With the proliferation of Trump campaign claims, leaks, and alleged reporting, it might have been difficult to find a new one to digest, but Paul Manafort's upcoming book just might have a doozy.
Manafort, who was Trump's campaign chairman in the summer of 2016, is alleging former attorney for then-candidate Donald Trump Michael Cohen, who was convicted for tax evasion and campaign-finance violations and since disbarred, was "spying on the campaign" during the 2016 presidential election, according to Vox.
The new allegation comes in Manafort's upcoming book "Political Prisoner: Persecuted, Prosecuted, But Not Silenced," which is set to be released Tuesday, Aug. 16.
Manafort's book, reviewed by Vox, alleges Cohen made himself the administrator of the campaign server, giving himself access to all campaign staffer emails.
"He had access to everybody's communications," Manafort wrote, Vox reported Saturday. "He had knowledge and he would be sitting in his office, gaining knowledge by virtue of spying on the campaign."
Cohen did not deny his access to the campaign server, but did deny the purpose, according to Vox.
"Not surprisingly, Manafort is distorting the truth," Cohen told Vox in a statement. "I requested administrative access to only Corey Lewandowski's campaign email address after he was terminated. The purpose was to prove to Trump that it was Corey who was leaking negative information on Jared [Kusher] and Ivanka [Trump] to the press. The information was located and turned over to Donald."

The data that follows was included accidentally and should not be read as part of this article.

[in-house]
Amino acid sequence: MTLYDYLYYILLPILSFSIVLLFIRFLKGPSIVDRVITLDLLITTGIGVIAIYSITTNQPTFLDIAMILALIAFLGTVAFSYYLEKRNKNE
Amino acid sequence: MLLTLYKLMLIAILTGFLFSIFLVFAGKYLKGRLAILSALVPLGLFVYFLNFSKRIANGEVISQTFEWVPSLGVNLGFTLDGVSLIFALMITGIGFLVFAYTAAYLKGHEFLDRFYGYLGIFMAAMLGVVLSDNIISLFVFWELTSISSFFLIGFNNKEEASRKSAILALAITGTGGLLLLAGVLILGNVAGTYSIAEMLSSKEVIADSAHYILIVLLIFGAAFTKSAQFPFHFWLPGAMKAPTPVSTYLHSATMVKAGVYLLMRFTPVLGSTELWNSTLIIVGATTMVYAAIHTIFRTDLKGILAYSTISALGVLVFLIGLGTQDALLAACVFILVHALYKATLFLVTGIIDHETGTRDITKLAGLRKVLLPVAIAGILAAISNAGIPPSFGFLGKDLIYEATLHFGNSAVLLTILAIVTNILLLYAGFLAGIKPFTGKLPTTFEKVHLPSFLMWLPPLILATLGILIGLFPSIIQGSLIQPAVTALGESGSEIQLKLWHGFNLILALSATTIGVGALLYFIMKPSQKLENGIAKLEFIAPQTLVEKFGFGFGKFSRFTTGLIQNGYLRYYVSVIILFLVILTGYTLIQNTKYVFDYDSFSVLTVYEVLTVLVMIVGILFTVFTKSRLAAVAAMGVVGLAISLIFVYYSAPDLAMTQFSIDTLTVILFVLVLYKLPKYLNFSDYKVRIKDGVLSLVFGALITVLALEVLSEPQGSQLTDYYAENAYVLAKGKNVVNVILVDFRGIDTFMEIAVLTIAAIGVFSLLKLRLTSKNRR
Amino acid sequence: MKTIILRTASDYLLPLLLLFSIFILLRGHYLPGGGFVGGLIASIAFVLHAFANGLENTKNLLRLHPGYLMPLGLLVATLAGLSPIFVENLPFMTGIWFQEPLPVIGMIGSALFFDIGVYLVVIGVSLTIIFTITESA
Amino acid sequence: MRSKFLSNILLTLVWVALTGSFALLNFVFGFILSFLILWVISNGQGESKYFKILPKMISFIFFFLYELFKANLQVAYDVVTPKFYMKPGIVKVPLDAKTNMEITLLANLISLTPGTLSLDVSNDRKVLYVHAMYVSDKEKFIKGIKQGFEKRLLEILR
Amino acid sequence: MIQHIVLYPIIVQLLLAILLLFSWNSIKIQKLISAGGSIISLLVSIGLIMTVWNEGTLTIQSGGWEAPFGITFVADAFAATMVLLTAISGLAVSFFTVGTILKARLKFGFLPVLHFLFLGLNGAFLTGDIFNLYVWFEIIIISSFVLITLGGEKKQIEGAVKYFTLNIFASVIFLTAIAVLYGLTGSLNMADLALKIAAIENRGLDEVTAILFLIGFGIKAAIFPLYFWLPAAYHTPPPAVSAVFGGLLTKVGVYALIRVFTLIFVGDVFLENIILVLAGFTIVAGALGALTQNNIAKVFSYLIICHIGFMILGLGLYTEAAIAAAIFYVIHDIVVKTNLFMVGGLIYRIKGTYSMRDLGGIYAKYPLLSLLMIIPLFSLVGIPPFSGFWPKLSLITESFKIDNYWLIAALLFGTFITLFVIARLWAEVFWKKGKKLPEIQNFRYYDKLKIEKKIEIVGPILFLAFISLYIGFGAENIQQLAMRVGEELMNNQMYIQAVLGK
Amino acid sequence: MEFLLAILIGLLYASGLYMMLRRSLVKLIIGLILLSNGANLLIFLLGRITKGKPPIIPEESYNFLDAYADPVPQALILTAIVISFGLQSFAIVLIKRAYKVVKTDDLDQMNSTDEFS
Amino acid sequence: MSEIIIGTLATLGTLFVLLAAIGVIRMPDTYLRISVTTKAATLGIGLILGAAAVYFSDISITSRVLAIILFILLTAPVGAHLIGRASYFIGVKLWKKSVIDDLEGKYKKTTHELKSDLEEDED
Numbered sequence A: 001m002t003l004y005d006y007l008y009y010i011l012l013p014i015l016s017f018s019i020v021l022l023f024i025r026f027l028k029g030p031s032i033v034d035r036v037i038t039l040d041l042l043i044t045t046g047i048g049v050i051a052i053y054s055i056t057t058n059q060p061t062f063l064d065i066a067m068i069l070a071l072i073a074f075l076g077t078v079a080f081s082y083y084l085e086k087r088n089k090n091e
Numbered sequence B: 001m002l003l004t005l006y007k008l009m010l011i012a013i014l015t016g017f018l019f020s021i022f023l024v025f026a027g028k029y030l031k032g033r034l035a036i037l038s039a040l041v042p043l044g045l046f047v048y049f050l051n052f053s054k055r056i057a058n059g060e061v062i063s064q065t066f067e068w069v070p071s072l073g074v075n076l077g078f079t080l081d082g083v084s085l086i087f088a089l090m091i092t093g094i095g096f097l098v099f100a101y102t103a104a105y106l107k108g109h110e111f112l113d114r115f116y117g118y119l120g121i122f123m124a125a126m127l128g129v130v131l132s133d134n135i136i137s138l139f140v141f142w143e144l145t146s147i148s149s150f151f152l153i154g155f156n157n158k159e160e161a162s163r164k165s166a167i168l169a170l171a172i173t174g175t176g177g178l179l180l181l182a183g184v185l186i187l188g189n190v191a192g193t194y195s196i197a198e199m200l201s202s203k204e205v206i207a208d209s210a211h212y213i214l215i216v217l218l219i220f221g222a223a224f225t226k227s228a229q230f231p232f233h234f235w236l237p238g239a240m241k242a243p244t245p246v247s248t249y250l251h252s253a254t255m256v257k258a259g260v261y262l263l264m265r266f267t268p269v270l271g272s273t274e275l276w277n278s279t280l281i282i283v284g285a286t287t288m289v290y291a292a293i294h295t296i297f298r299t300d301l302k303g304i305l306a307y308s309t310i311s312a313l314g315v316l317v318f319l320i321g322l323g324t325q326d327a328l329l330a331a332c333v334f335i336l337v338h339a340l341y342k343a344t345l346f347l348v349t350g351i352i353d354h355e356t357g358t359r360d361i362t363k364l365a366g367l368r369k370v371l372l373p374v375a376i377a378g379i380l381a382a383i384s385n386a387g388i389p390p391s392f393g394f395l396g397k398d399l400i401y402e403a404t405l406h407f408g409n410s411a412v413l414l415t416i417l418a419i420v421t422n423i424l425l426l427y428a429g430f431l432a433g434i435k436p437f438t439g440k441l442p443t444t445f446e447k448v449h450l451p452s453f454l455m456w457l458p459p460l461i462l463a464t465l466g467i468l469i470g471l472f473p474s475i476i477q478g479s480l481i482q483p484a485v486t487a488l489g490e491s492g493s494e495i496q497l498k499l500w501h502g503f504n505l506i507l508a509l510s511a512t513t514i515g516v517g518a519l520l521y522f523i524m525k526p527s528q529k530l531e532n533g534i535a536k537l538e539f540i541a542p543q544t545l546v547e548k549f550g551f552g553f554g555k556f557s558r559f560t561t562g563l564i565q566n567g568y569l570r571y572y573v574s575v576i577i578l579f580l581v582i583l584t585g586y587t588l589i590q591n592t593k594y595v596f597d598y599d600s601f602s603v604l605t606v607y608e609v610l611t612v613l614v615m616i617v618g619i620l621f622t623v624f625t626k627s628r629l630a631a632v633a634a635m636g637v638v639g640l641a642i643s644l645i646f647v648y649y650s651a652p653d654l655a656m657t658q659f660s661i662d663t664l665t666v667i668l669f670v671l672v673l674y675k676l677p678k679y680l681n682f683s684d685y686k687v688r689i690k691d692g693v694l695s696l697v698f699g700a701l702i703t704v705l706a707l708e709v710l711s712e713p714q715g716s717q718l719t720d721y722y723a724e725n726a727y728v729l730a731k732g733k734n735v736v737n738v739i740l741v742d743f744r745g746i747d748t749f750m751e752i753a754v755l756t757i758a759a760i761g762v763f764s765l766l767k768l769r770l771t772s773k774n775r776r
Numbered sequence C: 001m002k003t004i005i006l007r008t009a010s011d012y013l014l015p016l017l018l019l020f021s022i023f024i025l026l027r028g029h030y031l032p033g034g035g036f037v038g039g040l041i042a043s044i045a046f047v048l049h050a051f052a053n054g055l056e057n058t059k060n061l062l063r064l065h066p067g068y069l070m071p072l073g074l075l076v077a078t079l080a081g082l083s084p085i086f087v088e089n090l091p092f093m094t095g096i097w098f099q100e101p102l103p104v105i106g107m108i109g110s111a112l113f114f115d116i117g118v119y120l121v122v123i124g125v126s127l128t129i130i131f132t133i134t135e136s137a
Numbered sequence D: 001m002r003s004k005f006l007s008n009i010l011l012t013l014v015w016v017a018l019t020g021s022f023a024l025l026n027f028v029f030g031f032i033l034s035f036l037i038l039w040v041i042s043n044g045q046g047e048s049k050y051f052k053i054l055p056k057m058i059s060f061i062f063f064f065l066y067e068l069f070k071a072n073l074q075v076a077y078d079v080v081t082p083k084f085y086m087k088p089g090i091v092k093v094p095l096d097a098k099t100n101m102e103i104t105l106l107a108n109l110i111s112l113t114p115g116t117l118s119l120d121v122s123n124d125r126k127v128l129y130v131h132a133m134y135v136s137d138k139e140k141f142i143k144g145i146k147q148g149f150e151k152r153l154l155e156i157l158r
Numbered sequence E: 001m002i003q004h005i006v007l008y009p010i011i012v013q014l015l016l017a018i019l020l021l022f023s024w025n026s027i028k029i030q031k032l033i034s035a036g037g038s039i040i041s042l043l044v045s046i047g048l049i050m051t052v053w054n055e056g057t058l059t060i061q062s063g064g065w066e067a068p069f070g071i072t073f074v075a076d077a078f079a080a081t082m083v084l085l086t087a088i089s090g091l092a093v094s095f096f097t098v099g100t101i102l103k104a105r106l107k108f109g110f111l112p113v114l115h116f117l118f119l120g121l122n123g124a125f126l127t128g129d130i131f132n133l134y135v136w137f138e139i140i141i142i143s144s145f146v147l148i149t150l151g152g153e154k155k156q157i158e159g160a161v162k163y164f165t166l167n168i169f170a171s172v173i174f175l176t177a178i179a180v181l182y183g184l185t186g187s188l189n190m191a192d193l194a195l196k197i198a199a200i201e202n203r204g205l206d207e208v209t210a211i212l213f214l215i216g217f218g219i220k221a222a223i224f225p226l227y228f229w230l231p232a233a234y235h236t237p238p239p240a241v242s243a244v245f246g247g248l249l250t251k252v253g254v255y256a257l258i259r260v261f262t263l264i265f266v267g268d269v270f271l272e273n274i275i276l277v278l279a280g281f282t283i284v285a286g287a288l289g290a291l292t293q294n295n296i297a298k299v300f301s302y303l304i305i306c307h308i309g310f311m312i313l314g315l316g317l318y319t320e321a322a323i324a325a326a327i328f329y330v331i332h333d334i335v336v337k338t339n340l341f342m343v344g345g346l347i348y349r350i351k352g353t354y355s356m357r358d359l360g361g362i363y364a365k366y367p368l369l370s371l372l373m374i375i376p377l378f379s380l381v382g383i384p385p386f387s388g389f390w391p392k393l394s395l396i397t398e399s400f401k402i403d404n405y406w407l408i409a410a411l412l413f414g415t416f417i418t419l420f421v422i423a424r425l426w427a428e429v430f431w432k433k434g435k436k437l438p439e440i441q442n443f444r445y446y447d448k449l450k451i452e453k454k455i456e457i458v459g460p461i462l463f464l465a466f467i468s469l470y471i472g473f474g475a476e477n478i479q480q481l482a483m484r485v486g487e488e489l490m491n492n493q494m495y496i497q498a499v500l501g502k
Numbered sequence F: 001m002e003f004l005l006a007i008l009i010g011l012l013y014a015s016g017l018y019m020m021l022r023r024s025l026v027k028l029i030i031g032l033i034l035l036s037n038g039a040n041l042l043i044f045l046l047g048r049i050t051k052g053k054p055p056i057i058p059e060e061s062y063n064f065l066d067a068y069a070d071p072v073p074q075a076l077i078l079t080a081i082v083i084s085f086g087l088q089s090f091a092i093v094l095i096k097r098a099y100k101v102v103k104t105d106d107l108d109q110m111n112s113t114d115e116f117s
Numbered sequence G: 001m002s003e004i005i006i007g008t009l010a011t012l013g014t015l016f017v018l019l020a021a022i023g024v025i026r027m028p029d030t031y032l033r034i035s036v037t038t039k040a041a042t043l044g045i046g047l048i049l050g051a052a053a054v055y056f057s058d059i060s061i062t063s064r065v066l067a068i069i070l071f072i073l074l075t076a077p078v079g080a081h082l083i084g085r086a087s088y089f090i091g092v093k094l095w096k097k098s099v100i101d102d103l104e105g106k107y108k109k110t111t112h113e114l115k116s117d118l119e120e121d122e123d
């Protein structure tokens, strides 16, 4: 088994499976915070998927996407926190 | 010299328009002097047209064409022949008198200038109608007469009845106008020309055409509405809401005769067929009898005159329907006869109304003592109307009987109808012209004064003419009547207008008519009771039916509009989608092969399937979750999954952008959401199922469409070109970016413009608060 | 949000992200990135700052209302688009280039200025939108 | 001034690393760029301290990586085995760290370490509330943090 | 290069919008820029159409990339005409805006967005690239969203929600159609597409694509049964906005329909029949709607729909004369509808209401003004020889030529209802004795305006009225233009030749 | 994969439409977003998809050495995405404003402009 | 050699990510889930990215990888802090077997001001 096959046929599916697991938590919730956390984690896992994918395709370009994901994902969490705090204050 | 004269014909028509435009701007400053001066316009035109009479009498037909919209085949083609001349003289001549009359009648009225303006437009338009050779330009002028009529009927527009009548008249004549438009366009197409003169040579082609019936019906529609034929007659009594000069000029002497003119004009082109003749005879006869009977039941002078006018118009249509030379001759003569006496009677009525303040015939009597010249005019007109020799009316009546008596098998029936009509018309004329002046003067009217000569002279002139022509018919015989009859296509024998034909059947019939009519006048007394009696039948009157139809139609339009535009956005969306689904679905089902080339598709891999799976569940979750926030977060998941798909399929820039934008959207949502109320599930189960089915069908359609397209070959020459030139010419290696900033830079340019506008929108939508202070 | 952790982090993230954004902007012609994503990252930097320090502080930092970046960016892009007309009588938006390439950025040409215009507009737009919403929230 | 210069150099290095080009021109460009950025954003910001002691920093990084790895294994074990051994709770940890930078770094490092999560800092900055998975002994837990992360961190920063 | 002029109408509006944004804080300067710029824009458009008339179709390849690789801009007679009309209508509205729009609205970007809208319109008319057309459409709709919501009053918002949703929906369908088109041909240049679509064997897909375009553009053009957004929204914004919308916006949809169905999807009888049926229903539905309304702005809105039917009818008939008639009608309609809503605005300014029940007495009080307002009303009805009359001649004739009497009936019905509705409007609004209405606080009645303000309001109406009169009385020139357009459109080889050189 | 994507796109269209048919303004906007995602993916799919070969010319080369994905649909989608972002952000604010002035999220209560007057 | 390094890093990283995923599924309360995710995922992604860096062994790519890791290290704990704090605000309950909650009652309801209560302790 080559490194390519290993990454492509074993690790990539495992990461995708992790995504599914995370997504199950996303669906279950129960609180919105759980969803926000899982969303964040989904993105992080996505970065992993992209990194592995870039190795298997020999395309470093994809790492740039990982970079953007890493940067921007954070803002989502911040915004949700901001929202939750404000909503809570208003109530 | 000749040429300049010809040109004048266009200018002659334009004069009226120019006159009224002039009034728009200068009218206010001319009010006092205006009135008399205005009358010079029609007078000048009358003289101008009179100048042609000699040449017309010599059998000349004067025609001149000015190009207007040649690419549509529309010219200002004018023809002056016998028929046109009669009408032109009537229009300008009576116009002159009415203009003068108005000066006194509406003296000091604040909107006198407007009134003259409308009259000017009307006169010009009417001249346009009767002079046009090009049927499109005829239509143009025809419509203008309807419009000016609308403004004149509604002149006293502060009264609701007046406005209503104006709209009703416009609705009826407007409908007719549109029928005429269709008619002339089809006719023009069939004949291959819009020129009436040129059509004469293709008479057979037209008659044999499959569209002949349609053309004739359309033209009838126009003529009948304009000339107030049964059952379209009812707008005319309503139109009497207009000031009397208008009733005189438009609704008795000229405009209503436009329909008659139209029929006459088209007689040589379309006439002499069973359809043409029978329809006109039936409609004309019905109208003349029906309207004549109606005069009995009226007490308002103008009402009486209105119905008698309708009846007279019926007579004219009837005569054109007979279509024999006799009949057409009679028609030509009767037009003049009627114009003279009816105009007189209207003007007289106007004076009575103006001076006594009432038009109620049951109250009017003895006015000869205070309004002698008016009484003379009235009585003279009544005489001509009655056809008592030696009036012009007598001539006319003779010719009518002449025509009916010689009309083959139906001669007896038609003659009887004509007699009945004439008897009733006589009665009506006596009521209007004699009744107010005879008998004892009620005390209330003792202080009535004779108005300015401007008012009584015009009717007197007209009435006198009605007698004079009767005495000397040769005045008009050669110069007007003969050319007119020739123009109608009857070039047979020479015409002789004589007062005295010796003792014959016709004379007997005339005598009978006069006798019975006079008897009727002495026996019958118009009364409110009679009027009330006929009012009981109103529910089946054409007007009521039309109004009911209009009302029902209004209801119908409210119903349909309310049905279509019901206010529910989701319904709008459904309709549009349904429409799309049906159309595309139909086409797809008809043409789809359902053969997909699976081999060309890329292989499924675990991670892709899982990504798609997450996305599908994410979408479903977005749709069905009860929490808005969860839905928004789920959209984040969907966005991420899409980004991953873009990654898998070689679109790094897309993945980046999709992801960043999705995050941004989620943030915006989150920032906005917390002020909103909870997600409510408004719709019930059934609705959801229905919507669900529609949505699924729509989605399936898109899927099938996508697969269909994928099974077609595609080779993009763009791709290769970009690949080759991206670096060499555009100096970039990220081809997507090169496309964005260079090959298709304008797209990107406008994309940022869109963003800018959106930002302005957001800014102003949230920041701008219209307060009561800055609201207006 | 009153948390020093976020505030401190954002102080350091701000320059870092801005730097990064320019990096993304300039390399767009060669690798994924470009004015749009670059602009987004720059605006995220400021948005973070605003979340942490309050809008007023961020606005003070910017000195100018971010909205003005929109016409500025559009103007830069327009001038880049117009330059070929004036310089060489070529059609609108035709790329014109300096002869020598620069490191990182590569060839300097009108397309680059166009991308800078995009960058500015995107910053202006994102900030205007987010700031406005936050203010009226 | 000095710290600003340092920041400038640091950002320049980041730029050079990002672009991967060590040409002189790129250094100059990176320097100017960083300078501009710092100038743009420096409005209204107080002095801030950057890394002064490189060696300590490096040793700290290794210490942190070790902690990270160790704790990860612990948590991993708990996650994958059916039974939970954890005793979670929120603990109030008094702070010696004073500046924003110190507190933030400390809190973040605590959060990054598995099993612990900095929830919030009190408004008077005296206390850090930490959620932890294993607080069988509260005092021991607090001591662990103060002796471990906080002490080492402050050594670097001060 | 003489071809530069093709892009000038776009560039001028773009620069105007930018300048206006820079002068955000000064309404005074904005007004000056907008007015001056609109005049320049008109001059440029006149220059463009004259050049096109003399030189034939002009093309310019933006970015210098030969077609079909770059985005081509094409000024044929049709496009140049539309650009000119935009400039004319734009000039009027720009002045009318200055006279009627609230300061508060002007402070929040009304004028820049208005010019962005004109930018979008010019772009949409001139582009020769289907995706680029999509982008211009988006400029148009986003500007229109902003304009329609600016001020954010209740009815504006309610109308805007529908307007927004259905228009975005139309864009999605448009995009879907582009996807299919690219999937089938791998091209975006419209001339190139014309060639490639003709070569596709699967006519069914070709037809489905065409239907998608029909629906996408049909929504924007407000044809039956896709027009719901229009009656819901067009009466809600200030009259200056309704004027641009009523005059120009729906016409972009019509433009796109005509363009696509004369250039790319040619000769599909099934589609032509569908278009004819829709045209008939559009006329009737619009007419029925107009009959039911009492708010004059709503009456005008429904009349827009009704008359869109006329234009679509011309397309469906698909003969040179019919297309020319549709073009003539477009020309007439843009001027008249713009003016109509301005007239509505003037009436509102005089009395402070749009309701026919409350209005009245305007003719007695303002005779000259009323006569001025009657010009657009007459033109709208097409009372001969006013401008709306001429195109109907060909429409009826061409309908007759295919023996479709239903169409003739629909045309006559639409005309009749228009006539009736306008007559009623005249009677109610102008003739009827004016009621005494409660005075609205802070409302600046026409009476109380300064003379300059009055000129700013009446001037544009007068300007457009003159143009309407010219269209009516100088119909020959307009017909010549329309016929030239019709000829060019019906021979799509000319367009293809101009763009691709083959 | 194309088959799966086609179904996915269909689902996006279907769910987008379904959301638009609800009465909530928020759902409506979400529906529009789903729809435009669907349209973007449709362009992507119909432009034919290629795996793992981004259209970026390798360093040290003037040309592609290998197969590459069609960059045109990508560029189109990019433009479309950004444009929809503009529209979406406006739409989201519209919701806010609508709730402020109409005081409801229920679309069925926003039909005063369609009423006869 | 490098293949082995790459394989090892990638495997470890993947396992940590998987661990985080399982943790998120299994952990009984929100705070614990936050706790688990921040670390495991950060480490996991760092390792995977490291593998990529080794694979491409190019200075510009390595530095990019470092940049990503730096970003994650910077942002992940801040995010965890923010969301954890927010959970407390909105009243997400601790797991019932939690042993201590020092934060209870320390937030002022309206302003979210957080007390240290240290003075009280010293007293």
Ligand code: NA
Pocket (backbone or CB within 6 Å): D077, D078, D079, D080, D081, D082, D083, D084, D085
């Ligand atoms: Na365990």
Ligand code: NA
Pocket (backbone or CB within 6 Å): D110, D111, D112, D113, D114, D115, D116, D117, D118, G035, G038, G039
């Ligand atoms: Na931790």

Lewandowski, the 2016 Trump campaign under chairman Manafort, would ultimately be fired and escorted out of Trump Tower by security, The Washington Post reported.
Cohen, after being sentenced to three years in federal prison and a $50,000 fine, had broken from Trump and become an outspoken critic in liberal media. He plead guilty to eight counts of fraud and campaign finance violations in 2018.
Manafort joined the Trump campaign in March 2016 and took full control after Lewandowski's ouster.
Manafort would ultimately be removed as Trump campaign chairman late in the summer of 2016 as investigations into alleged Trump campaign ties to Russia surfaced. Special counsel Robert Mueller's multi-year and mega million dollar investigation ultimately found no collusion between Russia and the Trump campaign.
Trump had called it a "complete and total exoneration."
Manafort's book also alleged Mueller "was suffering through an advancing stage of dementia" and proved incapable of running the massive investigate that cost millions and revealed nothing more than anti-Trump fodder for liberal media.
Trump famously called it all "a cloud" over his presidency.
Manafort was among Trump's full presidential pardons in December 2020 before he left the White House.
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